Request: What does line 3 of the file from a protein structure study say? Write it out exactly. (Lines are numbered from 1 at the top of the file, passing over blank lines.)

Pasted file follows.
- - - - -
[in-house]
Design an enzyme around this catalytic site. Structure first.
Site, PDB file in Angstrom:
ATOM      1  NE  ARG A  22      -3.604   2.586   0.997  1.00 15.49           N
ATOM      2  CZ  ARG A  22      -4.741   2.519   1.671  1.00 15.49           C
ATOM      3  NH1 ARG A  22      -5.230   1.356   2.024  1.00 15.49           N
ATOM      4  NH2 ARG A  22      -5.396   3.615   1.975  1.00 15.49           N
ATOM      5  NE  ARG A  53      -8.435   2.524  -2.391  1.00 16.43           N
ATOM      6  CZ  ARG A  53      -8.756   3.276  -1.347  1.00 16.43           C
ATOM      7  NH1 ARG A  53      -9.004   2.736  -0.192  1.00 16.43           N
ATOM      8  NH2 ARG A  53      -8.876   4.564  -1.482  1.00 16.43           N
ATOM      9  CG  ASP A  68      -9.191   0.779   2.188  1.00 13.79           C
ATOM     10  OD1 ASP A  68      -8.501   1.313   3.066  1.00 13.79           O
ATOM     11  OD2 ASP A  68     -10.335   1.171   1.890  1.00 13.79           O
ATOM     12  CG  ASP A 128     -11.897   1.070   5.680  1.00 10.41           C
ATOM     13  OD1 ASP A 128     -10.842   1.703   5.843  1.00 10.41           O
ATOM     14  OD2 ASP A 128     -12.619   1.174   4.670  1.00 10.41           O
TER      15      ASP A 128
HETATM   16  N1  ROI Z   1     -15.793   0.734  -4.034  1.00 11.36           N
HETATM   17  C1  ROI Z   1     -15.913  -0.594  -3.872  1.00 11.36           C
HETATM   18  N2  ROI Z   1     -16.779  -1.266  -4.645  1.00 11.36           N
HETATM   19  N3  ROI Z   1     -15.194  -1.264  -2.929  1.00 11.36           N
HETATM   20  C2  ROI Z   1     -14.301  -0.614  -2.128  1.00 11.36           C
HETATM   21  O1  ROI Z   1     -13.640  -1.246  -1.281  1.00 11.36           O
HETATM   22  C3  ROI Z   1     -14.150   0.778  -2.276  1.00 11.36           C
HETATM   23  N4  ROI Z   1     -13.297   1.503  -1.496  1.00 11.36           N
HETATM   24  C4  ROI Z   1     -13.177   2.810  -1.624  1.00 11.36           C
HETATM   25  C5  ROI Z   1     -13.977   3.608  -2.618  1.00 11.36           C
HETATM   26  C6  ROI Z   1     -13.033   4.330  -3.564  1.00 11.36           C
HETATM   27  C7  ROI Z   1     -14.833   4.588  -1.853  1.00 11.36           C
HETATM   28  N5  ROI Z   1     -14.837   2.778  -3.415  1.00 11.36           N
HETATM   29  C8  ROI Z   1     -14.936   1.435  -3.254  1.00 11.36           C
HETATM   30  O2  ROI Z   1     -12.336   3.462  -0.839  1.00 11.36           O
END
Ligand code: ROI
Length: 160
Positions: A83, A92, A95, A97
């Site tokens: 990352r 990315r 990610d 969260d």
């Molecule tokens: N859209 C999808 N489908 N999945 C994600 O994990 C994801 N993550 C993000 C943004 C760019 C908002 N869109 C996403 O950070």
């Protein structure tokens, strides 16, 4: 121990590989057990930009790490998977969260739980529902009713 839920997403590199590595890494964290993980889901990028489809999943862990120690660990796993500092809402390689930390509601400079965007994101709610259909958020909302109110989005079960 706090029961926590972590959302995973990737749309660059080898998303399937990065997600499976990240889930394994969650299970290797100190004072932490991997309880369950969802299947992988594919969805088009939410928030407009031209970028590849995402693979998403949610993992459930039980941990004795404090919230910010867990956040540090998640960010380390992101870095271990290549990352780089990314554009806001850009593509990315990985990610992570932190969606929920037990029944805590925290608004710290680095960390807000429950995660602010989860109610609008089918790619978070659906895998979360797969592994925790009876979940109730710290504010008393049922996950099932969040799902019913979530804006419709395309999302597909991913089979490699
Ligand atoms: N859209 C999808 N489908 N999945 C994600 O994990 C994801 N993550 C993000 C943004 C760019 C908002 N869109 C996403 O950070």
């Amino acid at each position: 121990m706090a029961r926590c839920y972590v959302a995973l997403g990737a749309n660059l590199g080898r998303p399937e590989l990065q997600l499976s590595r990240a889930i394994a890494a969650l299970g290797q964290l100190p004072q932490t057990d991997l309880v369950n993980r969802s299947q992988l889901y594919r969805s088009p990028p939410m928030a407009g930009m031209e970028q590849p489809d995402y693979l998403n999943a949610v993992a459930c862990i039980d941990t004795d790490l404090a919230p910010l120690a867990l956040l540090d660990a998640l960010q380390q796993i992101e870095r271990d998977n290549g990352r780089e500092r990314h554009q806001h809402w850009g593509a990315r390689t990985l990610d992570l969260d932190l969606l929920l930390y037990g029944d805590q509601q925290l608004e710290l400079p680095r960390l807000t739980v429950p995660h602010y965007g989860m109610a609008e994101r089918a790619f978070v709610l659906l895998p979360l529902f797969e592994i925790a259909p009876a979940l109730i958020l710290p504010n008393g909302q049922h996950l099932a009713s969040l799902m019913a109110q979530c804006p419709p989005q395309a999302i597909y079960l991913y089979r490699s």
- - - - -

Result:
Site, PDB file in Angstrom: